A scientist at the University of Exeter has developed a mathematical model to explore why some people are programmed to be nasty, while others stay nice. Working with a team of international scientist, Dr. Sasha Dall has designed a mathematical framework that examines social behavior in different species. The mathematical model will help us to understand the evolution of sociality.
For some time, the theory of kin selection allowed scientist to explain why some animals adopt selfless behavior in order to benefit their relatives. For instance, worker bees lay down their lives to promote their queen’s welfare. However, up to now researchers have not explained why some people appear genetically programmed to assist others.
Using colony-living microorganisms to study why some people are by nature selfish and others generous, the scientists came up with a new model of social evolution that enables them to know how far behavior can be influenced by the surrounding environment.
The researchers found that individuals’ behavior can develop to be determined by some hereditary genetic tendencies that correctly foretell social relations, such as their likely affiliation to their surroundings, and other members of their community rather than directly responding to what they experience or see.
Stimulating the brain using electricity or other methods can help to ease the symptoms of many psychiatric and neurological disorders. This method is already used to treat conditions such as depression and epilepsy. Little is known about why this method is effective, or which brain parts should be targeted to treat various diseases.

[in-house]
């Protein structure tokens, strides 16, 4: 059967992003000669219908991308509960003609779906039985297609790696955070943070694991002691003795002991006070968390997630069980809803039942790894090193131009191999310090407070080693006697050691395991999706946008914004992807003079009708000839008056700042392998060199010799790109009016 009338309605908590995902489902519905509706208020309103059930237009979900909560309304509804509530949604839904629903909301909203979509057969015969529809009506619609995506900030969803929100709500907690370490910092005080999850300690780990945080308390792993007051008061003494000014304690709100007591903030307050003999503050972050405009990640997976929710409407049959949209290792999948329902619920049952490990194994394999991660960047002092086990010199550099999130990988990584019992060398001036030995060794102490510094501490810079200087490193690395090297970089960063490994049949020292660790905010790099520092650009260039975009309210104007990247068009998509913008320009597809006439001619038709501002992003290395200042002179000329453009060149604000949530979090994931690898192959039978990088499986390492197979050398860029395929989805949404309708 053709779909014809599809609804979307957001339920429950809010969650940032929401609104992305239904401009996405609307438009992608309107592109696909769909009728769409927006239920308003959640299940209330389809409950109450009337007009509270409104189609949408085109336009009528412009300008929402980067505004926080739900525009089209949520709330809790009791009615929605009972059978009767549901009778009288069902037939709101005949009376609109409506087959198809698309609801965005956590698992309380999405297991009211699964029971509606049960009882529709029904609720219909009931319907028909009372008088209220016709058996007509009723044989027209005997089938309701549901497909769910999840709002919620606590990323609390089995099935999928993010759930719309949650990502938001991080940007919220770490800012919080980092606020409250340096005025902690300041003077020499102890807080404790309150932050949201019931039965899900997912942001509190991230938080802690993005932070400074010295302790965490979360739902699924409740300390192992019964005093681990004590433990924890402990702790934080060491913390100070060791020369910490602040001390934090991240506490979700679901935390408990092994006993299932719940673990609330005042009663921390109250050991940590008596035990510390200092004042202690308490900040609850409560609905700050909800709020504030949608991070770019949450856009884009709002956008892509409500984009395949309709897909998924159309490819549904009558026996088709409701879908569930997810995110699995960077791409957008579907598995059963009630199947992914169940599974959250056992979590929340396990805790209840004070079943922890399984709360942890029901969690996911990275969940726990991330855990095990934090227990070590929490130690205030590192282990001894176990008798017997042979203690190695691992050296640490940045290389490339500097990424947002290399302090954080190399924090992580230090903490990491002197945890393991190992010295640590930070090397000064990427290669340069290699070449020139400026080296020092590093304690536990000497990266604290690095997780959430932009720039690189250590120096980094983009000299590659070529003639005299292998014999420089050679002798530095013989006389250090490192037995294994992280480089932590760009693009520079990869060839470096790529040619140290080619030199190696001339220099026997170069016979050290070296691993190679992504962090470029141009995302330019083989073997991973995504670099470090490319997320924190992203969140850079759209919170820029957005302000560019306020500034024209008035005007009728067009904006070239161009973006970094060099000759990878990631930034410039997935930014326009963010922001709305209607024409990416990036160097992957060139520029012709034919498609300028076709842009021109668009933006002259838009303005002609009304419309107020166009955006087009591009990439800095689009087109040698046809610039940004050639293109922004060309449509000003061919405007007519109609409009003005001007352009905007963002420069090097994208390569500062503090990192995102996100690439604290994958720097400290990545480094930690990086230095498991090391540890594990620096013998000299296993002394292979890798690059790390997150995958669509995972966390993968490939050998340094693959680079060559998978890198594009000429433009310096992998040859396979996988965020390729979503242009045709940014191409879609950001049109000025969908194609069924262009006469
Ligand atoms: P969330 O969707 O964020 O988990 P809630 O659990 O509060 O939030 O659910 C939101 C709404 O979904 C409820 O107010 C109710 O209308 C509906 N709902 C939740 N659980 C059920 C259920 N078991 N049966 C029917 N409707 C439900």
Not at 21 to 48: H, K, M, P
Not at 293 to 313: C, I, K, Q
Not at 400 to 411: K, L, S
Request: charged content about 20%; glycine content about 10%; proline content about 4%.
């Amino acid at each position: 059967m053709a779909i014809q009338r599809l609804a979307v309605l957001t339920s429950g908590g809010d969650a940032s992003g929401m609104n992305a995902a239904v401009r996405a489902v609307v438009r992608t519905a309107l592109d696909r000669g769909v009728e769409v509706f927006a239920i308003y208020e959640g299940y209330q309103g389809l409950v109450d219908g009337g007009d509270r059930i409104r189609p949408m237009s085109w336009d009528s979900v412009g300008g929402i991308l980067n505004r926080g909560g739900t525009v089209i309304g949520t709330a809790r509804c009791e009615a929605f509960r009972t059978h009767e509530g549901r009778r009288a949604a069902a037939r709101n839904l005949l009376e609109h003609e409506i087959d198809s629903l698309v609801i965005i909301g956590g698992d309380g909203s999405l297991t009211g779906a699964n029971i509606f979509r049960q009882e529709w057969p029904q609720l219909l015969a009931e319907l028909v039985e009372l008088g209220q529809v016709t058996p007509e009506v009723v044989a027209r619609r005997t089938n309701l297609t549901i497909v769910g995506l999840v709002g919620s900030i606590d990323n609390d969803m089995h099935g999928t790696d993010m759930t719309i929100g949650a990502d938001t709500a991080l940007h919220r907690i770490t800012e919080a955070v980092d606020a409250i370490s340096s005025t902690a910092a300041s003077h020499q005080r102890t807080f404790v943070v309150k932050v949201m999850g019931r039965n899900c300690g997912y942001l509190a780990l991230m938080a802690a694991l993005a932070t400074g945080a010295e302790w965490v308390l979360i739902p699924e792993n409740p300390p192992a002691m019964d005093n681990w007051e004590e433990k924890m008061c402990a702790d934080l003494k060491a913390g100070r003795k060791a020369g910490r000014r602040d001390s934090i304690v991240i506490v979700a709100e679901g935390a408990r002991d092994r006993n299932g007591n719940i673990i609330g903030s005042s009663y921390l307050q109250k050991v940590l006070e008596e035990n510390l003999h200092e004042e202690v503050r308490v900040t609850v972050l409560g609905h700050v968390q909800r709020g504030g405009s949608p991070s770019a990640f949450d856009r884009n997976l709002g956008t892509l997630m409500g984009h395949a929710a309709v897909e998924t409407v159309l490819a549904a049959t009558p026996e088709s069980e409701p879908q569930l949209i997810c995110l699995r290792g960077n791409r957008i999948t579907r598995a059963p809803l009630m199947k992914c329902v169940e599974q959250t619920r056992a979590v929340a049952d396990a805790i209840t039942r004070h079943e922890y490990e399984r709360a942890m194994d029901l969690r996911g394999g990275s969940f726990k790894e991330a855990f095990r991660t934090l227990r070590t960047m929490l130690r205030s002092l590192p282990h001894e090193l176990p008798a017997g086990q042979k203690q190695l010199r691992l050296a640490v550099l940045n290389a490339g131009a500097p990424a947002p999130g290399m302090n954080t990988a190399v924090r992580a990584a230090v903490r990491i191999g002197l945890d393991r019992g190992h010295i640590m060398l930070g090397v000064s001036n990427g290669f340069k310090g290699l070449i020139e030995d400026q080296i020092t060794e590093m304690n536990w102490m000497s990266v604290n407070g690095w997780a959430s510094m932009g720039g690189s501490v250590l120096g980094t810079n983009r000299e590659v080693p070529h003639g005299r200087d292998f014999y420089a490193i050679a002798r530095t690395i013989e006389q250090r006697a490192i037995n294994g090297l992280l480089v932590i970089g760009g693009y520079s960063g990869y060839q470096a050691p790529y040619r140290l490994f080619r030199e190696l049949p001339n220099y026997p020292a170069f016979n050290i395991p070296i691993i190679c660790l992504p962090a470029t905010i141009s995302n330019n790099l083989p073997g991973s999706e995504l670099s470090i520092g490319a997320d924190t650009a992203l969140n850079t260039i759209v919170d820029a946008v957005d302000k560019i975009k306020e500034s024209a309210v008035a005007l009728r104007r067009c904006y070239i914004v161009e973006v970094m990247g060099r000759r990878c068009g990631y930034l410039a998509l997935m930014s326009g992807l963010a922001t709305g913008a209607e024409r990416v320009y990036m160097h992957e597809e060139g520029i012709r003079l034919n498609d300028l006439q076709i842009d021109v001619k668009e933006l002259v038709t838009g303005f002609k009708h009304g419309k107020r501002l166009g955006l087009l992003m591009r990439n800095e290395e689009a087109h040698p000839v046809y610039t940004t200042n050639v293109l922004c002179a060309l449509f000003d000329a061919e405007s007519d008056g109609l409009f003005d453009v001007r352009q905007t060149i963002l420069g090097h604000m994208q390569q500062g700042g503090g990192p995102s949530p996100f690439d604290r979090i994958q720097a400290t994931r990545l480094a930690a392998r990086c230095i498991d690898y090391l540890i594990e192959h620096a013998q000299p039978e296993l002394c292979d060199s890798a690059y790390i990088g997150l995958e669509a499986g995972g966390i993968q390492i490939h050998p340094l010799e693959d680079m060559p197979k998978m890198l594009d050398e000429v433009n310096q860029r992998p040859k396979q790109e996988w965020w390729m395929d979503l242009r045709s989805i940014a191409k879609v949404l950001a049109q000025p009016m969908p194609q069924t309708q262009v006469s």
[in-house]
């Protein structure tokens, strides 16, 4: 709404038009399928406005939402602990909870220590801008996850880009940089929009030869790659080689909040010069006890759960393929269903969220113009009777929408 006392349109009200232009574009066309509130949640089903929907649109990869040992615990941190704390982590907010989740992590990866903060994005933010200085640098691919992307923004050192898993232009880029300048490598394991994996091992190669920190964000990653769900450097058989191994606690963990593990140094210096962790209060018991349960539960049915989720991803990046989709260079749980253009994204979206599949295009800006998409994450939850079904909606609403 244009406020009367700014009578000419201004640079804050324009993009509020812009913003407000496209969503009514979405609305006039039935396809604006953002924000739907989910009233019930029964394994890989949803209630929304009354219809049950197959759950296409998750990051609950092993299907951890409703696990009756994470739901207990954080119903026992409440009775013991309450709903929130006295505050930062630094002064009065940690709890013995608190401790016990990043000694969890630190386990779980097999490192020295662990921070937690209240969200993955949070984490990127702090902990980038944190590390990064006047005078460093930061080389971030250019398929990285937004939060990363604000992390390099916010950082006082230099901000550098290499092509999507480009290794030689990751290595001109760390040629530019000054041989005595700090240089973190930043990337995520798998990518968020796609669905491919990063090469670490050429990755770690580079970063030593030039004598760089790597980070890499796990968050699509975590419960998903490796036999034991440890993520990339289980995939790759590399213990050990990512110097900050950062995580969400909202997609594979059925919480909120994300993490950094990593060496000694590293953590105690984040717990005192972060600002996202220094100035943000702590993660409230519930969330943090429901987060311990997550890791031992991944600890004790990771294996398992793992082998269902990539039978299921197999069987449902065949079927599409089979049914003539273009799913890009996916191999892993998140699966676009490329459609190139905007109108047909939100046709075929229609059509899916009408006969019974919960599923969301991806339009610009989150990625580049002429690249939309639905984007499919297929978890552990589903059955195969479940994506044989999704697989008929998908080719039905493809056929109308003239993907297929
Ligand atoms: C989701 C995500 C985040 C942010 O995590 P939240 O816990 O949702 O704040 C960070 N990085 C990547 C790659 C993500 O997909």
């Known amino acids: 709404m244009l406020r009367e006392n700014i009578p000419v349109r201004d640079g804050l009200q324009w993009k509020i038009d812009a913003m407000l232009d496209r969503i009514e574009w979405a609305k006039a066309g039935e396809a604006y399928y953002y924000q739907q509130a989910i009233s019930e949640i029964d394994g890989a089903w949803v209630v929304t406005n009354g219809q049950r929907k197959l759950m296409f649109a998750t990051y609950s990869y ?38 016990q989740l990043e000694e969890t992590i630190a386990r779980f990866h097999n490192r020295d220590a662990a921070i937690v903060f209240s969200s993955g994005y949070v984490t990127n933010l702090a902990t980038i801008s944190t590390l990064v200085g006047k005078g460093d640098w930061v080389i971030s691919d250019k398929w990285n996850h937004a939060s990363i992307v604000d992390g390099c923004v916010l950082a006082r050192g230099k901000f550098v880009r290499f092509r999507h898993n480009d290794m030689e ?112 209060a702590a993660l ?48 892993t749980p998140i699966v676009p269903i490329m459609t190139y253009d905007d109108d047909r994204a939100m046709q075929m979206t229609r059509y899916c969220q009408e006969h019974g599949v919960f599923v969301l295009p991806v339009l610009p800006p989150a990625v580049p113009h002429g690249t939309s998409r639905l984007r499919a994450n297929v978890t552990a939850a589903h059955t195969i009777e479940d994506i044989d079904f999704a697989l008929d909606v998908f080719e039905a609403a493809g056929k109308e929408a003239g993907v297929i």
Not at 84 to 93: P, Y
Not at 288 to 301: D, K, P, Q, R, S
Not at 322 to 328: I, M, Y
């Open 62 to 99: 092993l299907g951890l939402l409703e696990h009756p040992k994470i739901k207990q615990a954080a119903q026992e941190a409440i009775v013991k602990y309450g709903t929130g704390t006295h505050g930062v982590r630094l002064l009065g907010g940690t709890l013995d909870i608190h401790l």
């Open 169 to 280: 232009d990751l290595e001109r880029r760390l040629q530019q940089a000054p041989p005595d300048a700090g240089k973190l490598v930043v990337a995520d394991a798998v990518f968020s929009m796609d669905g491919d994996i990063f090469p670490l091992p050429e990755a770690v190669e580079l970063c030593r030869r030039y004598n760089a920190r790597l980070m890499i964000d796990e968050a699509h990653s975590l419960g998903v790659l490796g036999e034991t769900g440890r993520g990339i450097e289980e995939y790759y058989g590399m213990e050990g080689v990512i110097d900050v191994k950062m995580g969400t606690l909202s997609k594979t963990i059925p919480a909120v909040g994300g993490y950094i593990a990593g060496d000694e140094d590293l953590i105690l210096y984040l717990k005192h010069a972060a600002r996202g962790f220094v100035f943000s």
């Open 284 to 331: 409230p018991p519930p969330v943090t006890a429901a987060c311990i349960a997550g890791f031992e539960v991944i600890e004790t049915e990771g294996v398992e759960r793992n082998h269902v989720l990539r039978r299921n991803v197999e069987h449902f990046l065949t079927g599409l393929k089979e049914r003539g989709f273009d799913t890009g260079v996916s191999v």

A new study, led by the University at Buffalo and the University of Pennsylvania, marks a step forward in explaining what happens when the brain is stimulated. The study describes how stimulating one part of the brain affects the stimulation of other parts and far-reaching activity within the brain.
Using a computational model to simulate the activity of the brain in 8 people, the researchers examined the effects of stimulating each of eighty three parts within the brain of each subject. Although the results varied by individual, there was a common trend.
Published in PLOS Computational Biology, the research study found that some parts of the brain can easily steer the brain into various states when stimulated. Other brain parts have less of an effect.
Researchers in Japan are using a mathematical analysis to come up with a formula that can describe DNA movement inside the human cells. By use of calculations, scientists may be able to show the genome’s 3D architecture in human. In future, these results may enable researchers to understand in detail the functions of DNA.
Previously, techniques used to study the architecture of the genome relied on processes that require killing the cells. The current research project, involving many collaborators in Japan, used molecular and cell biology methods to keep the cell alive and enabled collection of data about the DNA movement.
The study considers the DNA factual dimensions, which reveals that the DNA is densely packed inside the cell. According to Soya Shinkai, PhD, Assistant Professor at Hiroshima University, the way the DNA is packed may show how certain genes are used by the cell.
DNA is often imagined as a static and stable code. However, the genome as whole is an active molecule that changes shape and moves around. Today, researchers can sequence the whole basic DNA code, but understanding the genome’ larger-scale 3D architecture would show more information about how the code is used by cells.